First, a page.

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Slope Fields and Determing Behavior of Any Solution

  1. Sep 26, 2013 #1
    1. The problem statement, all variables and given/known data
    The differential equation is y' = y^2
    Draw a direction field for the given differential equation.
    Based on the direction field, determine the behavior of y as t →∞. If this behavior depends
    on the initial value of y at t =0, describe this dependency.

    2. Relevant equations

    3. The attempt at a solution
    Okay, so I plotted the slope field by evaluating the derivative at several different y-values. This is what I observed:

    The solution curve certainly depends on the initial y-value when t=0. If particular solution y(t) to the DE has a solution of the form (t=0, y>0) (passes through a point), then as t----> infinity,
    y(t)----> infinity. On the other hand, if some particular solution y(t) passes through a point of the form (t=0, y<0), then as t--->infinity, y(t)----> 0

    Are these correct observations; and have I used terminology and notation correctly?

    Also, when considering solutions that pass through the negative portion of the y-axis, will some approach y=0 more quickly than others?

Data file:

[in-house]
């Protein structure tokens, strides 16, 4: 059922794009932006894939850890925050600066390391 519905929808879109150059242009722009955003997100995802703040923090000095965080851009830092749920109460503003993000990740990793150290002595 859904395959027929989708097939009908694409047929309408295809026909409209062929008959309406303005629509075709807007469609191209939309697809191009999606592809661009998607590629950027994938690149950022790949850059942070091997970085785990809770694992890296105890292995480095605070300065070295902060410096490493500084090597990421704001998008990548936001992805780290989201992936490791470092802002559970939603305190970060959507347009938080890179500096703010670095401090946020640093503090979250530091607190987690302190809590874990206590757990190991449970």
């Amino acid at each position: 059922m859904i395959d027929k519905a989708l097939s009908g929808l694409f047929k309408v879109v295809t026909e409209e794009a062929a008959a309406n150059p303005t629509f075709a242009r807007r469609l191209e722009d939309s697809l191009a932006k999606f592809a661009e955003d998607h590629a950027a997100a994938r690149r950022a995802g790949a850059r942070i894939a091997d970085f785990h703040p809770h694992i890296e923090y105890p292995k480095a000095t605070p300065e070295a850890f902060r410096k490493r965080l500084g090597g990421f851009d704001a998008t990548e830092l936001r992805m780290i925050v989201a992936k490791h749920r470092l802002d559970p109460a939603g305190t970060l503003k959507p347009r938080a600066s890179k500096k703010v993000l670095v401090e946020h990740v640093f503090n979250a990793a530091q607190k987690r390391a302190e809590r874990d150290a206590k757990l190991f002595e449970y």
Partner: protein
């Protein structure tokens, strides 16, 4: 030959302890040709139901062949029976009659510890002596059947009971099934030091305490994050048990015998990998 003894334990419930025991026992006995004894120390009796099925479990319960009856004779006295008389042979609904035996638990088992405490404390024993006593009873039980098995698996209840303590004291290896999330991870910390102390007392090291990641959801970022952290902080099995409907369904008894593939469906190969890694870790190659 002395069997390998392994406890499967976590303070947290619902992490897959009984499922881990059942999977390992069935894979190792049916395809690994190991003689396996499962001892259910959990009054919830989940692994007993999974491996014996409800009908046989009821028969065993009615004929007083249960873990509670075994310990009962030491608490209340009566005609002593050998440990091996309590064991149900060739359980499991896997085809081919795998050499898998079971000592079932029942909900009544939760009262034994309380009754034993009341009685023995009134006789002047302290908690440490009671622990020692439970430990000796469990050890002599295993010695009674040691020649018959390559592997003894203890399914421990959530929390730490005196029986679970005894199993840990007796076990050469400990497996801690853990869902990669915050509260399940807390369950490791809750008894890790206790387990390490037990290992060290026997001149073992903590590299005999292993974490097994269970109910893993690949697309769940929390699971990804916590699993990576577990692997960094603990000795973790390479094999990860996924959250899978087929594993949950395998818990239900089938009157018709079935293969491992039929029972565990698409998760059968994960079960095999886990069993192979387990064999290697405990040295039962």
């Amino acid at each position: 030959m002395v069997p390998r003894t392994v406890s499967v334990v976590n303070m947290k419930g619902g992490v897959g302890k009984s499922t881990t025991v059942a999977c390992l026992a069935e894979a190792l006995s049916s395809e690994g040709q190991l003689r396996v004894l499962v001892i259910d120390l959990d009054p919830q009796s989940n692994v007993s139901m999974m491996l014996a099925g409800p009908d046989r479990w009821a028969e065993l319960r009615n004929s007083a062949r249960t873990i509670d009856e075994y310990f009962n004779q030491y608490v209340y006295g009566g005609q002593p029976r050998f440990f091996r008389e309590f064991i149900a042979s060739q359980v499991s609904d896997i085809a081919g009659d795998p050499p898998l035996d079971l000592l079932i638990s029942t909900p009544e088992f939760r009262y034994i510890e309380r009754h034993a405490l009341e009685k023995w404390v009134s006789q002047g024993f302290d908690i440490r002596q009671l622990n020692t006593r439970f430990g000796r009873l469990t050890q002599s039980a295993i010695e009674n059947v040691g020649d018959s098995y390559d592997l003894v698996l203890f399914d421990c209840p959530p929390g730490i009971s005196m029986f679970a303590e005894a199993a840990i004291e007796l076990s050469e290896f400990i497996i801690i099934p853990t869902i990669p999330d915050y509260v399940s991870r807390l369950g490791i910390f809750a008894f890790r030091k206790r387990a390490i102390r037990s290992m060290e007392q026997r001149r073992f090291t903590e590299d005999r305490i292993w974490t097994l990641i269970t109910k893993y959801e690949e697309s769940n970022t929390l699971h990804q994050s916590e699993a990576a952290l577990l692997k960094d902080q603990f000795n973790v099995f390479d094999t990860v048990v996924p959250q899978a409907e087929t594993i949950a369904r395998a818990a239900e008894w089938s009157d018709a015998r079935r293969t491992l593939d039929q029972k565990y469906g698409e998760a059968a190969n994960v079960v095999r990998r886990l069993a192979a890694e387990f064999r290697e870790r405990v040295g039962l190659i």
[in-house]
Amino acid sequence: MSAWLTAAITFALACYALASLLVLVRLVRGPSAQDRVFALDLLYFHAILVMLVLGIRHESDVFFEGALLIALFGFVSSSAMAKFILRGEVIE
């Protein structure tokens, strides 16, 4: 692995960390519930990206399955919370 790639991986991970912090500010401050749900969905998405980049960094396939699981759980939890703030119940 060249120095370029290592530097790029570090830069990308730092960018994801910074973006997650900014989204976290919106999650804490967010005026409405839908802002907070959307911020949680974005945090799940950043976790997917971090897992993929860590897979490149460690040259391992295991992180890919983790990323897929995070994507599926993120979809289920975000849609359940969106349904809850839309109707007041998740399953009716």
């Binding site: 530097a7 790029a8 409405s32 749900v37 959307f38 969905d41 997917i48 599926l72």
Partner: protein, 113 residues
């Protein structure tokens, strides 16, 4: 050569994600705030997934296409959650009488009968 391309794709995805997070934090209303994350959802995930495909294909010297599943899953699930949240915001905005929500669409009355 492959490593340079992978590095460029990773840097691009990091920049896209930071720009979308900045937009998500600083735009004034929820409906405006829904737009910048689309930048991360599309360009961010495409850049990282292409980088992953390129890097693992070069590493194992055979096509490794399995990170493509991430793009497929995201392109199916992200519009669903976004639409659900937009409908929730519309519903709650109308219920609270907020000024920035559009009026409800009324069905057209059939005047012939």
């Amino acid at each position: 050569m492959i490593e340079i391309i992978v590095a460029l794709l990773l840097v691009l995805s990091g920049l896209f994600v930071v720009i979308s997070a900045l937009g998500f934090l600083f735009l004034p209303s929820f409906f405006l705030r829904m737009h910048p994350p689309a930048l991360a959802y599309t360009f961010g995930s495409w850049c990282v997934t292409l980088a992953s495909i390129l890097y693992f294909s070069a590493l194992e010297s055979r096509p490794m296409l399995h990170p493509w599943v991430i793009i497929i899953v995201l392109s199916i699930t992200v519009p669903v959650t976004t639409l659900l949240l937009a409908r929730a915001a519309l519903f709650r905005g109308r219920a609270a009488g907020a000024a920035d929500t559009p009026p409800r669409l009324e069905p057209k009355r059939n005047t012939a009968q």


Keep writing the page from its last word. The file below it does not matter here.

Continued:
Last edited: Sep 26, 2013
  2. jcsd
  3. Sep 26, 2013 #2


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    Science Advisor

    I am confused as to why you would say "On the other hand" for the initial value of y< 0 then say that its behavior is exactly the same as for y> 0.

    And you seem to have left out an important special case- what if y= 0 for some t? And if y goes to infinity even if y is negative, how does it pass y= 0?
  4. Sep 26, 2013 #3
    What you have pointed out, I believe I have fixed.

    In the case that some solution passes through (0,0), then as t---> infinity, y will remain zero, right?
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